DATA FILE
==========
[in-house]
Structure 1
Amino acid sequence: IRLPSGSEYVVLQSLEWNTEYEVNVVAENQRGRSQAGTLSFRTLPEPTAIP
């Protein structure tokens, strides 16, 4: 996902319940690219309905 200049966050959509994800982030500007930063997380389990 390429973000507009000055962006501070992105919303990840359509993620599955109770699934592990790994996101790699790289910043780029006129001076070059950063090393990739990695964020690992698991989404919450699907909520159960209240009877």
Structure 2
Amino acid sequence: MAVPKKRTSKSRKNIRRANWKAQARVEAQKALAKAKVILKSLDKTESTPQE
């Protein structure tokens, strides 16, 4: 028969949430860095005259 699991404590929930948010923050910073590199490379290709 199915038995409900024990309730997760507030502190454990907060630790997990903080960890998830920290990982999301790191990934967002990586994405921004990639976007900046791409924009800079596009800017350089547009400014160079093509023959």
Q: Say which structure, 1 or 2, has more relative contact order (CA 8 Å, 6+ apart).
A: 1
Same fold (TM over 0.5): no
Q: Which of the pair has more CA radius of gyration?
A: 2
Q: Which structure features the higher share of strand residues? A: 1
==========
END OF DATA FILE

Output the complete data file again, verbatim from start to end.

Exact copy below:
[in-house]
Structure 1
Amino acid sequence: IRLPSGSEYVVLQSLEWNTEYEVNVVAENQRGRSQAGTLSFRTLPEPTAIP
């Protein structure tokens, strides 16, 4: 996902319940690219309905 200049966050959509994800982030500007930063997380389990 390429973000507009000055962006501070992105919303990840359509993620599955109770699934592990790994996101790699790289910043780029006129001076070059950063090393990739990695964020690992698991989404919450699907909520159960209240009877």
Structure 2
Amino acid sequence: MAVPKKRTSKSRKNIRRANWKAQARVEAQKALAKAKVILKSLDKTESTPQE
């Protein structure tokens, strides 16, 4: 028969949430860095005259 699991404590929930948010923050910073590199490379290709 199915038995409900024990309730997760507030502190454990907060630790997990903080960890998830920290990982999301790191990934967002990586994405921004990639976007900046791409924009800079596009800017350089547009400014160079093509023959």
Q: Say which structure, 1 or 2, has more relative contact order (CA 8 Å, 6+ apart).
A: 1
Same fold (TM over 0.5): no
Q: Which of the pair has more CA radius of gyration?
A: 2
Q: Which structure features the higher share of strand residues? A: 1